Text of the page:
Do the whole “US firm” thing when you’re in your 20s, but when you want to have a family it’s time to head for a more humane work/life balance (including flexible working, hey it’s 2023…)

Free Agent Limo 02 June 23 09:51

If you doing well at any firm and building your brand / goodwill etc, I'm not sure you'd blow it all off for the sake of another day in the office.

Larry 02 June 23 09:56

My understanding is Skadden struggle to recruit in London already, given its reputation as a horrible sweatshop. This won't help.

Anonymous 02 June 23 10:14

“People will leave for firms that allow better flexibility.”

Huffed and puffed a junior associate who really wanted the partners to tell them that they could work from home whenever they wanted but who, for all of the grumbling, showed curiously few signs of actually moving towards the exit door. 


Next week's Article: Skadden Juniors go precisely nowhere and all come into the office as instructed to collect the enormous wedge.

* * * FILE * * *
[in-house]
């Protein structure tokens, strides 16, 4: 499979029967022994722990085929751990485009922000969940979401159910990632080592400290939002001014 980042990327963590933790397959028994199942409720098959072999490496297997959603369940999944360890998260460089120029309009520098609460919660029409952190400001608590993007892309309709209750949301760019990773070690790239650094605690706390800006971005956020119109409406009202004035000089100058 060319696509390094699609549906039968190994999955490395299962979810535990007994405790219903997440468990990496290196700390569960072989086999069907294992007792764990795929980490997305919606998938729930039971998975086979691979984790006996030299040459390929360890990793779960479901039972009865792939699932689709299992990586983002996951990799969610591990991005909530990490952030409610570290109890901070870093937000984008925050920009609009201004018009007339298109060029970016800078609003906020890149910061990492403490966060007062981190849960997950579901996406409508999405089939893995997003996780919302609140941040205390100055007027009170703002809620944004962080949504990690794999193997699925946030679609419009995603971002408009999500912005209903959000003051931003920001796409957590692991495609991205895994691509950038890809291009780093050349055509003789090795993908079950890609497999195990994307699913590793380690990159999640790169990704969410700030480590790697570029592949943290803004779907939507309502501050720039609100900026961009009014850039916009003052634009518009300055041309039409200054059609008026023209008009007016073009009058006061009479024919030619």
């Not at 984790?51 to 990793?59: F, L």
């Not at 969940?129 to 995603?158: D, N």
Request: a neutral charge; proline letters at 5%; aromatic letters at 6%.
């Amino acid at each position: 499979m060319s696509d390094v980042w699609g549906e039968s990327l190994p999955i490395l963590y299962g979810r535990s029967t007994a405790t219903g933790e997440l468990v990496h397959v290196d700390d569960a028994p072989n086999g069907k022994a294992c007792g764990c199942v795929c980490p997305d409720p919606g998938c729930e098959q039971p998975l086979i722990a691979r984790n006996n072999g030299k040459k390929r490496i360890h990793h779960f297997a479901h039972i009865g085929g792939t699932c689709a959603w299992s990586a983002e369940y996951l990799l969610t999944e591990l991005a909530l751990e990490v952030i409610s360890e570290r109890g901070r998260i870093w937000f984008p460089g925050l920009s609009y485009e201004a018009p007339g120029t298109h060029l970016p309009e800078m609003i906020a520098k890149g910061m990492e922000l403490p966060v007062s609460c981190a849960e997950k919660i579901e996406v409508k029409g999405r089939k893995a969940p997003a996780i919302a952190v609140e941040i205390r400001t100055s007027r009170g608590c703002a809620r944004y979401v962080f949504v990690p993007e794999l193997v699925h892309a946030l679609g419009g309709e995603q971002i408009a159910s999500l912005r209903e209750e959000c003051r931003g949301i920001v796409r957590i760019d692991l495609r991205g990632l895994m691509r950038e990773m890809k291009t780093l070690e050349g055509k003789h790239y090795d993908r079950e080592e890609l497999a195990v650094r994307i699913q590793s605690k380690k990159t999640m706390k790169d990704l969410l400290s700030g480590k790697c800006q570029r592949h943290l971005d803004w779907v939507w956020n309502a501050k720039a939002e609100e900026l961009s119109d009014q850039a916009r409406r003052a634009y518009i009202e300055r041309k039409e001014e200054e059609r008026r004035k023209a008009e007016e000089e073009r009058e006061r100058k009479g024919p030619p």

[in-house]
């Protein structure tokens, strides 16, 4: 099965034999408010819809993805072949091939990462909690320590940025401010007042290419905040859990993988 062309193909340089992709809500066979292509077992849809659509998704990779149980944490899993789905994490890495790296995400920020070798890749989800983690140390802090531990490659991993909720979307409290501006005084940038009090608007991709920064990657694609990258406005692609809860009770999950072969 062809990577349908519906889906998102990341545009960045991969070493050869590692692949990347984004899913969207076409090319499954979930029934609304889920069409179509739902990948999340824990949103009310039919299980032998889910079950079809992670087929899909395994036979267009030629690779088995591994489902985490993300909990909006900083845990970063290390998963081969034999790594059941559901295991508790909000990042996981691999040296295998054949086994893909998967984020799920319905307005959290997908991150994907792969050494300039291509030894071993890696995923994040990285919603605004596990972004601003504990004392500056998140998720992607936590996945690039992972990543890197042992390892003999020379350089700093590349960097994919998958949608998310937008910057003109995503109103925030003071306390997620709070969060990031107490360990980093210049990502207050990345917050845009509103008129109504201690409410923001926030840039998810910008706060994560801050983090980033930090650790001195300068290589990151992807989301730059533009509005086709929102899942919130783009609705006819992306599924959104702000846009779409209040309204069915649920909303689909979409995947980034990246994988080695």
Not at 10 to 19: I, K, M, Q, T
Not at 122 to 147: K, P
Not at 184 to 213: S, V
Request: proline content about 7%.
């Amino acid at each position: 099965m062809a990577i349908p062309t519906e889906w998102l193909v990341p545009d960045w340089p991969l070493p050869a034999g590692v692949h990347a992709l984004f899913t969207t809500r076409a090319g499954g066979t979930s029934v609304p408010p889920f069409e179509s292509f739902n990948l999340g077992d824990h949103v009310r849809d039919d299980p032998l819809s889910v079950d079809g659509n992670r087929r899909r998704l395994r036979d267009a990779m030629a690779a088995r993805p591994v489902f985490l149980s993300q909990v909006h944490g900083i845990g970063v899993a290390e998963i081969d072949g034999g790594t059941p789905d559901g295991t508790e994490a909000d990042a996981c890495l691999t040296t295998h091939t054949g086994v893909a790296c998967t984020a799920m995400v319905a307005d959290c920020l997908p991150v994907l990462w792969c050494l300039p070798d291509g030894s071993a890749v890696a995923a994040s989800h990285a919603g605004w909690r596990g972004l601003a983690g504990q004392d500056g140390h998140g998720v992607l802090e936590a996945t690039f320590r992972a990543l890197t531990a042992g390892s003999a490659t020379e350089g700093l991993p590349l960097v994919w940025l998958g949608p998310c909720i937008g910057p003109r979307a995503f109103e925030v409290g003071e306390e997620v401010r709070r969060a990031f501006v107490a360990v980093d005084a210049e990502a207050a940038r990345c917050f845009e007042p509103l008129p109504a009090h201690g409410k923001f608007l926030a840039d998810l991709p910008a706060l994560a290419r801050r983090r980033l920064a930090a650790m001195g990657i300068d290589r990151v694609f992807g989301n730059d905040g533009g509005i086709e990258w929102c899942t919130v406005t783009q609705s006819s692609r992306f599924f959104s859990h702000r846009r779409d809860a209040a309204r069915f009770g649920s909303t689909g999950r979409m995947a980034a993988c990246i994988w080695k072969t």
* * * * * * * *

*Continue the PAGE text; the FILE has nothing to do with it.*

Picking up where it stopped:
Well, actually one did leave, but we got a hungry young buck in from Freshfields to replace them the next day so nobody really noticed.

An insider told RoF "I was outraged at the idea of working from an office so called a recruiter and they were like '£120k in-house and all the flexibility that you want' and I suddenly had second thoughts about taking an £80k a year pay cut and decided that maybe I could motivate myself to get on the tube after all". 

Another told our intrepid reporter "It turned out that empty threats with no intention of following through didn't change the minds of the partnership, and that there is a long queue of high-quality applicants willing to replace every single one of us, so we've set up a DEI committee as an alternative method of throwing youthful tantrums in the workplace that have no actual effect on any part of the business that is client-facing or makes money" we understand that they're asking for a quiet room for people who self-identify as neurodiverse to sit in and cry when things become overwhelming.